After Friday's UEFA Champions League quarter-final draw, UEFA.com drew together a panel of experts to dissect the chances of each team still involved. How have they fared in the draw? Why will they be wary? What weaknesses will they look to exploit? Read our reporters' verdict and let us know your thoughts using the form at the foot of the page.
Málaga CF v Borussia Dortmund
Roque Santa Cruz, Málaga's match winner on Wednesday, specifically did not want Spanish opposition in the quarter-final but did desire a "big name" as a treat for the Rosaleda faithful. Dortmund, winners of the competition in 1997, fit the bill. Even if Manuel Pellegrini's side start second favourites they won't be concerned. Indeed, the Liga team press well and work relentlessly, something which might negate Dortmund's tremendous pace on the break, while six clean sheets in ten UEFA Champions League ties this season including the play-offs is reason for further hope.
Not to do Málaga any injustice, but Dortmund will surely have breathed a sigh of relief upon learning their fate, given the European powerhouses they could have drawn. I am sure Málaga will have felt similarly and this tie promises to be intriguing, especially considering it involves arguably the two surprise packages of the season. If BVB continue to play as they have done then they must be viewed as slight favourites. However, the same was said about FC Porto before their round of 16 tie against Málaga, so there is little danger of Jürgen Klopp underestimating Isco and Co.
Real Madrid CF v Galatasaray AŞ
Despite coming up against the tournament's joint-top scorer Burak Yılmaz, José Mourinho will feel his team have sufficient talent to reach their third successive semi-final. Cristiano Ronaldo leads the scoring charts on eight goals with Burak and it is the Portugal striker who best encapsulates the Merengues' counterattacking panache. Madrid have lost two of three previous European encounters against a Galatasaray team that may look to work on their aerial game: of the 46 goals Madrid have conceded in all competitions this season, 14 have come from set-piece situations.
Galatasaray harness the twin virtues of momentum and belief following a daring display at FC Schalke 04 in their round of 16 triumph. Nine-time European champions Madrid pose a more daunting challenge, yet with marquee signings Wesley Sneijder and Didier Drogba finding their feet and Burak's belligerent goalscoring run continuing, the mantra must be: nothing is impossible. There is concern, however, following a run of just two clean sheets in eight league fixtures, while Hamit Altıntop has struggled to rediscover the form that had Europe raving at UEFA EURO 2008.
Paris Saint-Germain FC v FC Barcelona
"The worst possible draw" according to PSG sporting director Leonardo, but is it? PSG are at their best on the counterattack, a natural game to play against Barça, who could be undone by the pace of Lucas, Jérémy Ménez and Ezequiel Lavezzi. In this respect, Zlatan Ibrahimović's suspension for the first leg in Paris is not necessarily a bad thing. Also, who better than Thiago Silva to thwart Lionel Messi? Yes, as Carlo Ancelotti concedes, Barça start favourites and – man for man at least – possess the better side. The tie, however, is perhaps not as straightforward as many believe.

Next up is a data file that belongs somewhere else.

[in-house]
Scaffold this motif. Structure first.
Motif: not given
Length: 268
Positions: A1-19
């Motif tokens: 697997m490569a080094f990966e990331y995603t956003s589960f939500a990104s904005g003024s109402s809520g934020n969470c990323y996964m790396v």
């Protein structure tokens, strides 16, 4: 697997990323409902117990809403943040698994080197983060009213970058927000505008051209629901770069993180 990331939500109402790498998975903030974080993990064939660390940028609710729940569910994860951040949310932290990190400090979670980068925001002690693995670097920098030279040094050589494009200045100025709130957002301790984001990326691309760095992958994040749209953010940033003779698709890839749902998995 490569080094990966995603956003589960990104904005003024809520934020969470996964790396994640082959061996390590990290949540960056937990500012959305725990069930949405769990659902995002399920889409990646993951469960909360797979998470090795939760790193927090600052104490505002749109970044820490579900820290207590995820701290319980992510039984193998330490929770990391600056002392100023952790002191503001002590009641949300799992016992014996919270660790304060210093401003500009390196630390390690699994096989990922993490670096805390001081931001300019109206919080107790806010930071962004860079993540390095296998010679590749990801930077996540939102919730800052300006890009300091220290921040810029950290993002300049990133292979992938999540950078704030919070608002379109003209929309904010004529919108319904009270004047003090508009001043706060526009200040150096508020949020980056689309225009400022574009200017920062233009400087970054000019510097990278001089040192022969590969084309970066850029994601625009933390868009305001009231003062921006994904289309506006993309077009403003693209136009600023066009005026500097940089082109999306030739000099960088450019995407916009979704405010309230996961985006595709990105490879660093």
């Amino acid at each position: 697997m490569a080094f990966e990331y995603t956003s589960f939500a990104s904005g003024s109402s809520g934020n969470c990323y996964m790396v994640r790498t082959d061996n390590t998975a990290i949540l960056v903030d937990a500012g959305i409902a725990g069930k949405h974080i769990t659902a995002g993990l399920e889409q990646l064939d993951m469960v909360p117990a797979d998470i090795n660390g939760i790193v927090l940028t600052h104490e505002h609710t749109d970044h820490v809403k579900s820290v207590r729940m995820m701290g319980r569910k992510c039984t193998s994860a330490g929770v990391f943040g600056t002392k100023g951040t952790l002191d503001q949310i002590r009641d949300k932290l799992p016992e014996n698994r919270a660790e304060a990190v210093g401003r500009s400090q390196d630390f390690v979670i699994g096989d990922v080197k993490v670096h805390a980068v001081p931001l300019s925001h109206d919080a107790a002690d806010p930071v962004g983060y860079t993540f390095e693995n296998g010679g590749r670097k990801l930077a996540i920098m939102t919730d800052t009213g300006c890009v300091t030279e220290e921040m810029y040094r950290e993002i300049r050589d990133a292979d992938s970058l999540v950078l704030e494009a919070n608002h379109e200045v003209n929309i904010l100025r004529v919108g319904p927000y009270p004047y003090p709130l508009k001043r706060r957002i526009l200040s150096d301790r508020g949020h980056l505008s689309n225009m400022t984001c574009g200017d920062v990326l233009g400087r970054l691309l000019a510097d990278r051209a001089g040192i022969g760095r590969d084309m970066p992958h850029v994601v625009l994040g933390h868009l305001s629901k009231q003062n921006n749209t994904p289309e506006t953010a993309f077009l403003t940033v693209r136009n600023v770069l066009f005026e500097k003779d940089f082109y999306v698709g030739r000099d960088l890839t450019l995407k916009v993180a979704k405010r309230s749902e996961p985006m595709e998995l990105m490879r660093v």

On the form they showed in the return leg against AC Milan, Barça are a match for anyone and deserve to be tournament favourites. However, Carlo Ancelotti, a victim of Frank Rijkaard's Barcelona in this tournament's 2006 semi-final when he was Milan boss, will be well aware that the Catalan giants' form has fluctuated this season. They have been vulnerable to headed goals all term: something for Thiago Silva and Thiago Motta to note. Furthermore, a huge number of Barça's players depart for two international matches before the first leg and fatigue may prove a factor.
FC Bayern München v Juventus
Bayern have rightly shown a healthy respect for Juve since being pitted against the Italian champions. After some troublesome years, the Bianconeri are almost back to their best. However, Bayern should be confident, regardless of their opponents. On a good day, they can take on any team, even if their recent performances in the Bundesliga and UEFA Champions League have been below-par. In the coming weeks we will discover whether Bayern's slips were a warning at the right time, or an early sign that their season is not destined to end in glorious fashion at Wembley.
No team have scored more than Bayern's 18 goals, but Antonio Conte's charges have not conceded in their last five UEFA Champions League outings. However, the tie should not be viewed as a contest between Bayern's attack and Juventus's defence. As Pavel Nedvěd said after the draw, the two teams have similar styles and both play with great intensity, especially in midfield. The last time Bayern played in Turin in the same competition, in 2009, they won 4-1. That, though, was in a different stadium and against a different Juve.
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